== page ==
Unlimited FDIC Insurance for Certain Transaction Accounts Comes to an End
From December 31, 2010, through December 31, 2012, certain transaction accounts that pay no interest were entitled to unlimited deposit insurance coverage. This special, temporary protection was created by Congress to help maintain confidence in the financial system for depositors who had large balances in noninterest-bearing checking accounts, typically for businesses but any depositor qualified. Now that the unlimited coverage has ended, FDIC Consumer News wants to clear up some common misconceptions about this law, and a related one.
As in the past, noninterest-bearing transaction accounts will be insured up to the standard coverage amount of at least $250,000, along with any other deposits held in the same ownership capacity (such as single or joint accounts). "We have been getting questions from depositors who think noninterest-bearing transaction accounts are no longer insured at all, and that is incorrect," emphasized Martin Becker, Chief of the FDIC's Deposit Insurance Section.
Funds in special trust accounts that lawyers establish for their clients commonly known as "Interest on Lawyer Trust Accounts" or "IOLTAs" also will be protected for at least $250,000. Under a special exemption, IOLTAs previously qualified for the temporary unlimited coverage for noninterest-bearing transaction accounts even though they can pay interest. IOLTAs typically hold deposits for multiple clients, and under the rules the insurance coverage "passes through" to each owner's share of the account for up to $250,000. "That means the total, fully insured amount in the IOLTA account can greatly exceed $250,000," Becker explained.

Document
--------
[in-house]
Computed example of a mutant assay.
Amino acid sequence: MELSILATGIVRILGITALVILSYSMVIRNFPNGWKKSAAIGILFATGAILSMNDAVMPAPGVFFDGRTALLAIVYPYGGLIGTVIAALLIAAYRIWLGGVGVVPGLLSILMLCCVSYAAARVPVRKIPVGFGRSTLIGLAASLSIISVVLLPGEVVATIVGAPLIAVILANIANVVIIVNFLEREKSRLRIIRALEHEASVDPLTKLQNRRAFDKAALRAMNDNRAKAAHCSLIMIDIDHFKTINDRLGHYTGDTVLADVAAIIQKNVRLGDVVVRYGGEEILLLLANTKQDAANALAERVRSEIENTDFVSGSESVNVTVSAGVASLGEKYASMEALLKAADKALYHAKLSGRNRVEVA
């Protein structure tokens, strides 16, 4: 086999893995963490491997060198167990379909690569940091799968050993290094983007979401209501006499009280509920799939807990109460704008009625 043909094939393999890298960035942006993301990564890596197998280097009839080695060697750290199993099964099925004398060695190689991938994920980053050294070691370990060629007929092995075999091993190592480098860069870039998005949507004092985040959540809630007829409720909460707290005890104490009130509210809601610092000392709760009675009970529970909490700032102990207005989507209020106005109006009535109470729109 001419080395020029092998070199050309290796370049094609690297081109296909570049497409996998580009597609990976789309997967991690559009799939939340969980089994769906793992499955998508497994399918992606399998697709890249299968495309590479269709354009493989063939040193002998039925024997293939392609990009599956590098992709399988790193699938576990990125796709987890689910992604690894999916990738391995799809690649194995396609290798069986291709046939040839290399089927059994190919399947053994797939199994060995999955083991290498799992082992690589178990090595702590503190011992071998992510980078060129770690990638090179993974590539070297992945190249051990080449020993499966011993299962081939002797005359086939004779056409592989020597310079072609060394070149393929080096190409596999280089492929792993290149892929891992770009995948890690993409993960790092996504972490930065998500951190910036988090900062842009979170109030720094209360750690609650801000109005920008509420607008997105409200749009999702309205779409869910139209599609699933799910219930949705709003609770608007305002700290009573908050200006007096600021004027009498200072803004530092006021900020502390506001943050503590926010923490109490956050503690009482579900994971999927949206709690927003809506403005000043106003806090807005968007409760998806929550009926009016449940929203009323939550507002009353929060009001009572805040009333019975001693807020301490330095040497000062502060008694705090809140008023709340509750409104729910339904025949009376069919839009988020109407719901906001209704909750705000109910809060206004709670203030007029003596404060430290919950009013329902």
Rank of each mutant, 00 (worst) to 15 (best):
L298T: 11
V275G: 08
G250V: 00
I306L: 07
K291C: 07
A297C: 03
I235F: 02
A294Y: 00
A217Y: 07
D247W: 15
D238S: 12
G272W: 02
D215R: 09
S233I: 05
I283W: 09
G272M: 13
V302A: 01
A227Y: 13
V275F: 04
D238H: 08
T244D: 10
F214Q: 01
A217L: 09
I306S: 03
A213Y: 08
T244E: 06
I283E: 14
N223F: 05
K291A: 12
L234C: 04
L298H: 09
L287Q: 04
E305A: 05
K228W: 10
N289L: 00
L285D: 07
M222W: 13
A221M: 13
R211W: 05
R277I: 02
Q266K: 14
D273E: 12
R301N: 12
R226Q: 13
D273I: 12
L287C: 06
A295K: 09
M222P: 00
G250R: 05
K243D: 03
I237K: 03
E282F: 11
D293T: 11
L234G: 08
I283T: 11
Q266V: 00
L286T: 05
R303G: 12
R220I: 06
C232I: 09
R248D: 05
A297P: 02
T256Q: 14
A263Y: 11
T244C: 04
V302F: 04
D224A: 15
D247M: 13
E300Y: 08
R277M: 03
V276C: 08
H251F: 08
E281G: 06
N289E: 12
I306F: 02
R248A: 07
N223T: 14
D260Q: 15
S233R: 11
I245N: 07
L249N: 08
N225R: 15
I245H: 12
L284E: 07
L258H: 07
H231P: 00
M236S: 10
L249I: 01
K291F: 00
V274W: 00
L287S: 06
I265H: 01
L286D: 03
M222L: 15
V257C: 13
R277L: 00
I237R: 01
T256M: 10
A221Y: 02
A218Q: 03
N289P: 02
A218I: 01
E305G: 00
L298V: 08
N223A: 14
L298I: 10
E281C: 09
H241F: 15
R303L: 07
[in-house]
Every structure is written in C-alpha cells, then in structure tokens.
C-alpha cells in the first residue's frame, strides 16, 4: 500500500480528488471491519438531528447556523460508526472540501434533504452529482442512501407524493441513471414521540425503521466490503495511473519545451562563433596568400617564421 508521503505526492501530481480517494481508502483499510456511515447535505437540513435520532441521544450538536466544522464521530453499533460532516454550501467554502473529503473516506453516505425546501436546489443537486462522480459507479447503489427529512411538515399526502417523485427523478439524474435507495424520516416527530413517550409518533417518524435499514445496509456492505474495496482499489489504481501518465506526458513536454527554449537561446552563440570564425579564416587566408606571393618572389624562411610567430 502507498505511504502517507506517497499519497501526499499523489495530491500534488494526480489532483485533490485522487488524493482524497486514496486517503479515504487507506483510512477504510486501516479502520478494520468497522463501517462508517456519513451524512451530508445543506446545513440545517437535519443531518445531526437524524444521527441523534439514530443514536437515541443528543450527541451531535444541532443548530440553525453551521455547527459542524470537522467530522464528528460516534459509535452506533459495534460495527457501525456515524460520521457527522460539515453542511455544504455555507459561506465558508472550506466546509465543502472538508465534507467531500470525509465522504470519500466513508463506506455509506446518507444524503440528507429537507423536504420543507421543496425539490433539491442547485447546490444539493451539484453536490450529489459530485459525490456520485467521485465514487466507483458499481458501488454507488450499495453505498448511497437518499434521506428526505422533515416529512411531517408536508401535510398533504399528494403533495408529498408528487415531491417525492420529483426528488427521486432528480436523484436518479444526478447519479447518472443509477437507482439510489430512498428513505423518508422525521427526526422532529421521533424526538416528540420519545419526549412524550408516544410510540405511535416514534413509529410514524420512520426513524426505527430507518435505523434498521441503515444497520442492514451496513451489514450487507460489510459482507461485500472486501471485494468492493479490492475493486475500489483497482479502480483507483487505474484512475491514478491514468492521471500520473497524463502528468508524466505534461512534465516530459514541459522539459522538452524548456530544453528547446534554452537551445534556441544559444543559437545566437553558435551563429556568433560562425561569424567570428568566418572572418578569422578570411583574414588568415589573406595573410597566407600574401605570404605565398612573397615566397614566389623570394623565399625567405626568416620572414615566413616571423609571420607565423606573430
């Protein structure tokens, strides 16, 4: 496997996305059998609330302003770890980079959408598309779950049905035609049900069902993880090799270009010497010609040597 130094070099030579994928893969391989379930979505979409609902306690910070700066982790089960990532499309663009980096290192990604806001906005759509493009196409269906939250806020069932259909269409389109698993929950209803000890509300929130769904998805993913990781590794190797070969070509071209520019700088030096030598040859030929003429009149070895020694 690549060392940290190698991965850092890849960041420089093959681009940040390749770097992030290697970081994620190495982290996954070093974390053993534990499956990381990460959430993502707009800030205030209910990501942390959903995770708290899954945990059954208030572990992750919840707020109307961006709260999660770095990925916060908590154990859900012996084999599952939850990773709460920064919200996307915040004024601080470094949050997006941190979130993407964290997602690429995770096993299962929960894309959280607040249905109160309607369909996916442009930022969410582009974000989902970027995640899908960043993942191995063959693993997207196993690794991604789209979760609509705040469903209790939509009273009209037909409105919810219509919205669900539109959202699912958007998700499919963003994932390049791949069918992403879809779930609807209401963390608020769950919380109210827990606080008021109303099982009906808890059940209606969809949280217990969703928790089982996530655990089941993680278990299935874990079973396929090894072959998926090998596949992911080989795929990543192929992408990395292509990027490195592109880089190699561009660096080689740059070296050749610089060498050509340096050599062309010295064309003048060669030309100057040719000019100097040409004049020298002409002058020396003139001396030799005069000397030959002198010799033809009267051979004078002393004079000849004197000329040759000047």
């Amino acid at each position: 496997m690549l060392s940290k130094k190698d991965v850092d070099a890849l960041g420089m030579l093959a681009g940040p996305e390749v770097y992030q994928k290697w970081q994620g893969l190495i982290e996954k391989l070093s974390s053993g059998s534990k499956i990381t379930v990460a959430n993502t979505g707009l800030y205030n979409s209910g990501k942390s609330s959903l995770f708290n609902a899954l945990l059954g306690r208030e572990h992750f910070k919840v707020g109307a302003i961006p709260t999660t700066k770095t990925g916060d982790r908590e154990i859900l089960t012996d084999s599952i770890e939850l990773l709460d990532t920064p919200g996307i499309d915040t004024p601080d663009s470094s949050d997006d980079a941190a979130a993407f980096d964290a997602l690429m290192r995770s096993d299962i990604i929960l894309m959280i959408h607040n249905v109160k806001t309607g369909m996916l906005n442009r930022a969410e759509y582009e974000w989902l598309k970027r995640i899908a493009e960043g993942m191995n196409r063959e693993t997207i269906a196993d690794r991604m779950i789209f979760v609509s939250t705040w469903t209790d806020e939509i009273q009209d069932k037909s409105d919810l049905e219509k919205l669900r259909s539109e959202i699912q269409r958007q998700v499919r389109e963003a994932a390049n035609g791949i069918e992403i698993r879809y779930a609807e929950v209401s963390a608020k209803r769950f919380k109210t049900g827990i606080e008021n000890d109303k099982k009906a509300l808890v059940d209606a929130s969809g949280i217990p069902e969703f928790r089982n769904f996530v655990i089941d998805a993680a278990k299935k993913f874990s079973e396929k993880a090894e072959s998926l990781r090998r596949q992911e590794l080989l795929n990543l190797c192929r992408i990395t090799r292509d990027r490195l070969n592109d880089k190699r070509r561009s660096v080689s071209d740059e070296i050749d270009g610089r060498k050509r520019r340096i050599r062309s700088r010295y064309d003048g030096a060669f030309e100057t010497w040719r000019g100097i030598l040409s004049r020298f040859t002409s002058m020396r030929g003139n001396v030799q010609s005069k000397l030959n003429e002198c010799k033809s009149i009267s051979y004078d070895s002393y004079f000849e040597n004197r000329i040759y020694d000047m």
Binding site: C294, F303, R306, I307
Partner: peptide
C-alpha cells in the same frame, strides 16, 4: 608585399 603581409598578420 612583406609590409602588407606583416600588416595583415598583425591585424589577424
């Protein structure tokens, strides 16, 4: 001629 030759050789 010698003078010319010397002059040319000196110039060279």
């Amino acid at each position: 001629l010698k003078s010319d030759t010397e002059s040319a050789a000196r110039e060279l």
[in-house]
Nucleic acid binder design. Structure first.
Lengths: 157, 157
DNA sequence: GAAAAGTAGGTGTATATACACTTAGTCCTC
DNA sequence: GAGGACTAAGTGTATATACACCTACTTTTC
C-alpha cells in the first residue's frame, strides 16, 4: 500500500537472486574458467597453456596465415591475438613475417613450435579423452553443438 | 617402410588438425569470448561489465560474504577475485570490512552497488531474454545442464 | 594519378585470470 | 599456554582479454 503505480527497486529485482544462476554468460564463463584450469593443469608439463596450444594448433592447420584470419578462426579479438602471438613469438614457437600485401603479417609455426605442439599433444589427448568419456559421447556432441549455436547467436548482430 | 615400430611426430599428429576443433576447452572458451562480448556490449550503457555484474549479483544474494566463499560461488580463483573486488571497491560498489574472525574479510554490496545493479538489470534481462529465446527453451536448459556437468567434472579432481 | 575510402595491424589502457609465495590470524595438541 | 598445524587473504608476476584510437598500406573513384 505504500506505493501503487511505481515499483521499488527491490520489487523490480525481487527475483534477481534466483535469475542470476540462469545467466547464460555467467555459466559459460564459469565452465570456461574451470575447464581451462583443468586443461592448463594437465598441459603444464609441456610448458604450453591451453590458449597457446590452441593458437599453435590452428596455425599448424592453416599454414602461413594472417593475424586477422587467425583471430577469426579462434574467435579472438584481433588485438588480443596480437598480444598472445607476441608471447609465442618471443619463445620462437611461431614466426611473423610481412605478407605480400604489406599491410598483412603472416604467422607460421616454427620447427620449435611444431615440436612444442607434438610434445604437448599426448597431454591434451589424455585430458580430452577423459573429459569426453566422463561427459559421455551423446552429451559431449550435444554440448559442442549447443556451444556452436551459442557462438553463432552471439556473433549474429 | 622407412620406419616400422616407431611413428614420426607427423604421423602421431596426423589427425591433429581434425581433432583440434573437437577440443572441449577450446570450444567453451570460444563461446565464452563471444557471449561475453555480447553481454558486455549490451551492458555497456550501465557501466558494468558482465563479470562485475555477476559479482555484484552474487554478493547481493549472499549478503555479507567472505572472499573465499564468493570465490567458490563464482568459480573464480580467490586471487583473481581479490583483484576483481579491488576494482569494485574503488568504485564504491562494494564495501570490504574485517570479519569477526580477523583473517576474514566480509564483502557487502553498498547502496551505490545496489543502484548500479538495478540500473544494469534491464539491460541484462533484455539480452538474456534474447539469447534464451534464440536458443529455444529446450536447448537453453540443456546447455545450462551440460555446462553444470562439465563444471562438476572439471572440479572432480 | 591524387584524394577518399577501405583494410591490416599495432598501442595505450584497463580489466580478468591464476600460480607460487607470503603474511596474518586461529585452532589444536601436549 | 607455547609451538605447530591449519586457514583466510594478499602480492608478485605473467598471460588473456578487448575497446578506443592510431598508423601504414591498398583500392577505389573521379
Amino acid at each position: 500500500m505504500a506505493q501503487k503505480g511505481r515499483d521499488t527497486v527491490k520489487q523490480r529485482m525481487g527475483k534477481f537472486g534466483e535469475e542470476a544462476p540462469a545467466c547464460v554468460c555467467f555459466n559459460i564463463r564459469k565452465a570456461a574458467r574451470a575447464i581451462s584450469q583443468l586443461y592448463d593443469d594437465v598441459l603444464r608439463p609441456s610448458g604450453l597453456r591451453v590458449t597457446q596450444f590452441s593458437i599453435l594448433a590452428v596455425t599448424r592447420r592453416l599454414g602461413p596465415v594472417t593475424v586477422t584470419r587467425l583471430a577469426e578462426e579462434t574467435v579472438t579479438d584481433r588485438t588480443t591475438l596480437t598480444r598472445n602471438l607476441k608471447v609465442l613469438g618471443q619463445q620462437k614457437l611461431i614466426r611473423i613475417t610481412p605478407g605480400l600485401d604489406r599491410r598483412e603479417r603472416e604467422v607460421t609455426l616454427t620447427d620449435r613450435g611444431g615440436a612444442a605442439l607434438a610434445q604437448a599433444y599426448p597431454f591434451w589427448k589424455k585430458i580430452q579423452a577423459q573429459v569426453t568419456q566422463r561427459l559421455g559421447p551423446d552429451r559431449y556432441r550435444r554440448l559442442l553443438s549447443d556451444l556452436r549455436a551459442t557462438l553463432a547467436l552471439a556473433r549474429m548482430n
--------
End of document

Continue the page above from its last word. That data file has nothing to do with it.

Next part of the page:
The standard FDIC deposit insurance coverage amount of at least $250,000 per depositor at each insured institution is still in effect. In 2008, Congress passed a law increasing the basic FDIC coverage from $100,000 to $250,000, but only through 2013. Then in 2010, the lawmakers approved a permanent increase to the $250,000 coverage amount. However, some depositors are still asking whether the standard deposit insurance coverage of $250,000 will revert back to $100,000 at the end of 2013. "The answer is no, Congress made permanent the standard coverage amount of at least $250,000 in 2010," Becker stressed.